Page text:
As part of structured design, Constantine developed the concepts of cohesion (the degree to which the internal contents of a module are related) and coupling (the degree to which a module depends upon other modules). These two concepts have been influential in the development of software engineering, and stand alone from structured design as significant contributions in their own right. They have proved foundational in areas ranging from software design to software metrics, and indeed have passed into the vernacular of the discipline.
Constantine also developed methodologies that combine human-computer-interaction design with software engineering. One methodology, usage-centered design, is the topic of his 1999 book with Lucy Lockwood, "Software For Use". This is a third significant contribution to the field, being both well used in professional practice and the subject of academic study, and taught in a number of human-computer interface courses and universities around the world. His work on human-computer interaction was influential for techniques like essential use cases and usage-centered design, which are widely used for building interactive software systems.
Constantine trained under family therapy pioneers David Kantor and Fred and Bunny Duhl at the Boston Family Institute, completing a two-year post-graduate certificate program in 1973. From 1973 to 1980 he was an Assistant Clinical Professor of Psychiatry in the Tufts University School of Medicine training family therapists and supervising trainees at Boston State Hospital. He became a Licensed Clinical Social Worker and later a Licensed Marriage and Family Therapist in Massachusetts and was designated an Approved Supervisor by the American Association for Marriage and Family Therapy.
His contributions to theory and research in family therapy and human systems theory were summarized in Family Paradigms (Guilford Press, 1986), a book heralded at the time as “one of the finest theoretical books yet published in the family therapy field” and “among the most significant developments of the decade.” This work has also seen application in organization development.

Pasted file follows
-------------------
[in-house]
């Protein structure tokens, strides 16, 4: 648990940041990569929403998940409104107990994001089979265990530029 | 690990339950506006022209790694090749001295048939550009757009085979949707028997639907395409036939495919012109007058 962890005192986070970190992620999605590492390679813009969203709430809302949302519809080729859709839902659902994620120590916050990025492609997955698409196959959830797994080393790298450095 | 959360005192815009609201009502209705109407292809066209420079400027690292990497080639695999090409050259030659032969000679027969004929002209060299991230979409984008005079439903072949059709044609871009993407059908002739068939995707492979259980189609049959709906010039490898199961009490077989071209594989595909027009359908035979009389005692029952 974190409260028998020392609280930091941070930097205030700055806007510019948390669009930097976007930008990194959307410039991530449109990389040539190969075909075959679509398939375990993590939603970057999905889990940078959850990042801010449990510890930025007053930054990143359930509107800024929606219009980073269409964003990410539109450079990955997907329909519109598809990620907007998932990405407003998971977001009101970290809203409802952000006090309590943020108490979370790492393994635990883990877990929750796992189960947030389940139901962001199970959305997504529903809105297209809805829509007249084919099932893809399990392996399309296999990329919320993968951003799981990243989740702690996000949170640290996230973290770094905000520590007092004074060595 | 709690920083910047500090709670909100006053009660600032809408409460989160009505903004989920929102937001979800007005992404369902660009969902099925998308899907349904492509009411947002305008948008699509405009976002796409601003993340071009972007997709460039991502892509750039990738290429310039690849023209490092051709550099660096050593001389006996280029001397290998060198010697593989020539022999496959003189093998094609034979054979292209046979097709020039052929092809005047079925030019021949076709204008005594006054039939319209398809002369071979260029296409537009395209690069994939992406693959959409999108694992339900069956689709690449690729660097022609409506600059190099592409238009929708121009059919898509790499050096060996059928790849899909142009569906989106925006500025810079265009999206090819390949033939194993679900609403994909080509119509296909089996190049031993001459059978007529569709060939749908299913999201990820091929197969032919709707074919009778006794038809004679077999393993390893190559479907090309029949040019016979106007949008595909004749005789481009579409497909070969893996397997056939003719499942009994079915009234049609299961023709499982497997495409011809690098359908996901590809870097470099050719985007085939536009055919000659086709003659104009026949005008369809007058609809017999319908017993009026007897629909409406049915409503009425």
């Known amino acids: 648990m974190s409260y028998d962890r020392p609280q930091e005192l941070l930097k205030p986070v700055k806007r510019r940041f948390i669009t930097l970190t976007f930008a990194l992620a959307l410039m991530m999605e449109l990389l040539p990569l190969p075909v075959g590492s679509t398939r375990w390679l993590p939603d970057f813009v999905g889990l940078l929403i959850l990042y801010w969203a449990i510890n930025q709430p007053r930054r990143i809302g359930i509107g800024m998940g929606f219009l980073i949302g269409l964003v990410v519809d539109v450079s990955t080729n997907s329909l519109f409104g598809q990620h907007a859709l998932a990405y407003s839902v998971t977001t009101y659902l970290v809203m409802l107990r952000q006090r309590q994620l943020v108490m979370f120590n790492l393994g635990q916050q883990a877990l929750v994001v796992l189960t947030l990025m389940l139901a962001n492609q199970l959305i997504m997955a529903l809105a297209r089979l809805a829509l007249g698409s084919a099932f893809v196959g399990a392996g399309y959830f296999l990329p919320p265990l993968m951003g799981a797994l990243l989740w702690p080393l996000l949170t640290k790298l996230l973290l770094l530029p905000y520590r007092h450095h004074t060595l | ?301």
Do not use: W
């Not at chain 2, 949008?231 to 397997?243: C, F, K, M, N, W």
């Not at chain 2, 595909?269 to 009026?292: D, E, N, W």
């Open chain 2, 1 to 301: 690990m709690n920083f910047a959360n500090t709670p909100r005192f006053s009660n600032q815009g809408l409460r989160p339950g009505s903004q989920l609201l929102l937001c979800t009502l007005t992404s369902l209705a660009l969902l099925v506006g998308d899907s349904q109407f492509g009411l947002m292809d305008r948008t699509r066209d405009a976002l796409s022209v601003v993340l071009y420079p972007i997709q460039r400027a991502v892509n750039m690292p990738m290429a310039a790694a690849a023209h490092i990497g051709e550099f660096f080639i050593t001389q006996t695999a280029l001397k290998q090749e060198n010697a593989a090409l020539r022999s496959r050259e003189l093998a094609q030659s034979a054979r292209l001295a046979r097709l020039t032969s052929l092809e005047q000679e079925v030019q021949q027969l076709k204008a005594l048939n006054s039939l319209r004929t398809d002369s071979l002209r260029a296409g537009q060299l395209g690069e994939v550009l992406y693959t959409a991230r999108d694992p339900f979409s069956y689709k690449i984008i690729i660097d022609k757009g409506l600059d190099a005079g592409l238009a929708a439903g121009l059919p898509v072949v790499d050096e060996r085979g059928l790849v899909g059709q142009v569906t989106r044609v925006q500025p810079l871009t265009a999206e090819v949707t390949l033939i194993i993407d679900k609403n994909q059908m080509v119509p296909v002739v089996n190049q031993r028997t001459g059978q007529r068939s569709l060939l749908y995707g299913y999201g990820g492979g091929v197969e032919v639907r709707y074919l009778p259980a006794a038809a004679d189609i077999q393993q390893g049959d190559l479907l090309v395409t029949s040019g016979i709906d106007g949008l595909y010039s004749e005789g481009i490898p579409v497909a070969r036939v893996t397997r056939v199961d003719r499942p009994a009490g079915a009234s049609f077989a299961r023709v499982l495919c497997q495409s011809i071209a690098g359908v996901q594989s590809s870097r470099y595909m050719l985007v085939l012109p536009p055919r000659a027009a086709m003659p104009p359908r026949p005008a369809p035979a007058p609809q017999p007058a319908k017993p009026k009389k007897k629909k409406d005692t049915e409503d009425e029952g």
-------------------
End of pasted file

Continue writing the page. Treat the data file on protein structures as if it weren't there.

He and his wife, at the time, Joan Constantine also researched and practiced group marriage in the 1970's. They created the Family Tree organization to promote healthy non-monogamous families. They collaboratively authored a book on the subject in 1974, Group Marriage: A Study of Contemporary Multilateral Marriage (Collier Books, 1974).
US Patents: 7010753 Anticipating drop acceptance indication; 7055105 Drop-enabled tabbed dialog; 8161026 Inexact date entry
Although he played piano, saxophone, and violin as a child, Constantine gave up instrumental performance for singing. He sang with the award-winning Burtones ensemble while a student at MIT, is a twelve-year veteran and alum of the semi-professional Zamir Chorale of Boston, and is a member of the Zachor Choral Ensemble, a Boston-based group dedicated to keeping alive the memory of the Holocaust through music.
Constantine is also a composer with several major works to his cr. He studied theory and composition under George Litterst and Stephan Peisch at the New England Conservatory. His first commissioned work, Concerto Grosso No. 1 in G-minor, “Serendipity,” was premiered by the Rockford (Illinois) Pops Orchestra on 9 July 1981. His choral work, “No Hidden Meanings,” based on a text by psychologist Sheldon Kopp, was commissioned by the American Humanist Association and premiered at MIT’s Kresge Auditorium, 20 June 1982.
Constantine, an active (professional) member of the Science Fiction and Fantasy Writers of America, is the author of numerous short stories, mostly published under several pseudonyms. He ed Infinite Loop, (Miller Freeman Books, 1993), an anthology of science fiction by writers in the computer field described in the Midwest Book Review as "quite simply one of the best anthologies to appear in recent years.”
Writing under the pen name Lior Samson, Constantine is the author of several critically acclaimed political thrillers, including Bashert, The Dome, Web Games, The Rosen Singularity, Chipset, Gasline, and Flight Track. His other fiction includes Avalanche Warning (Gesher Press, 2013), The Four-Color Puzzle (Gesher Press, 2013), and Requisite Variety: Collected Short Fiction (Gesher Press, 2011). His first novel, Bashert, was included in a time capsule at MIT by the class of 1967 for its 50th reunion. The time capsule is slated to be opened in 2067.
Constantine has more than 200 published papers to his cr, as well as 22 books. A selection: